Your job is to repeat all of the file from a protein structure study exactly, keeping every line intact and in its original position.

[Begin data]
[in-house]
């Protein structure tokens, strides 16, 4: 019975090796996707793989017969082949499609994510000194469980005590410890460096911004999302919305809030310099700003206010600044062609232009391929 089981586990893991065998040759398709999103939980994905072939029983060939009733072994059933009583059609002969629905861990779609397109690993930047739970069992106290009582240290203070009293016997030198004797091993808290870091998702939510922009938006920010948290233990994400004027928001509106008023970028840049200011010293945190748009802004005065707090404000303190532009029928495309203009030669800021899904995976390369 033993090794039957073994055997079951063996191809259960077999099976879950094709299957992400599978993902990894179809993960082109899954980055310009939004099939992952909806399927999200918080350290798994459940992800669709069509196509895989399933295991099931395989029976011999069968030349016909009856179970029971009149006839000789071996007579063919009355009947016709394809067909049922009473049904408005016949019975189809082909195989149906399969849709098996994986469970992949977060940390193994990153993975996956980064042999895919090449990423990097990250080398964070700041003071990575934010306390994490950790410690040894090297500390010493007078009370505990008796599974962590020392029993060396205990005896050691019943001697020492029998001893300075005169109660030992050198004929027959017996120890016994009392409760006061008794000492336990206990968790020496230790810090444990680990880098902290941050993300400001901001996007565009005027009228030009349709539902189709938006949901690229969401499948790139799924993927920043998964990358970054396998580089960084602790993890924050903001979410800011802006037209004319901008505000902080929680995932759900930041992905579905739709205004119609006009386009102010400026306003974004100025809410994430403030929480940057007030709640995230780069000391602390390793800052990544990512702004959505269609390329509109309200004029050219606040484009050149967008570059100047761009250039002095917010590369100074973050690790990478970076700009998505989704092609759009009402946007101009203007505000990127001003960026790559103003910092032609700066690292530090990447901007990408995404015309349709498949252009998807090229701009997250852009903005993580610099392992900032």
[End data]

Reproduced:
[in-house]
């Protein structure tokens, strides 16, 4: 019975090796996707793989017969082949499609994510000194469980005590410890460096911004999302919305809030310099700003206010600044062609232009391929 089981586990893991065998040759398709999103939980994905072939029983060939009733072994059933009583059609002969629905861990779609397109690993930047739970069992106290009582240290203070009293016997030198004797091993808290870091998702939510922009938006920010948290233990994400004027928001509106008023970028840049200011010293945190748009802004005065707090404000303190532009029928495309203009030669800021899904995976390369 033993090794039957073994055997079951063996191809259960077999099976879950094709299957992400599978993902990894179809993960082109899954980055310009939004099939992952909806399927999200918080350290798994459940992800669709069509196509895989399933295991099931395989029976011999069968030349016909009856179970029971009149006839000789071996007579063919009355009947016709394809067909049922009473049904408005016949019975189809082909195989149906399969849709098996994986469970992949977060940390193994990153993975996956980064042999895919090449990423990097990250080398964070700041003071990575934010306390994490950790410690040894090297500390010493007078009370505990008796599974962590020392029993060396205990005896050691019943001697020492029998001893300075005169109660030992050198004929027959017996120890016994009392409760006061008794000492336990206990968790020496230790810090444990680990880098902290941050993300400001901001996007565009005027009228030009349709539902189709938006949901690229969401499948790139799924993927920043998964990358970054396998580089960084602790993890924050903001979410800011802006037209004319901008505000902080929680995932759900930041992905579905739709205004119609006009386009102010400026306003974004100025809410994430403030929480940057007030709640995230780069000391602390390793800052990544990512702004959505269609390329509109309200004029050219606040484009050149967008570059100047761009250039002095917010590369100074973050690790990478970076700009998505989704092609759009009402946007101009203007505000990127001003960026790559103003910092032609700066690292530090990447901007990408995404015309349709498949252009998807090229701009997250852009903005993580610099392992900032």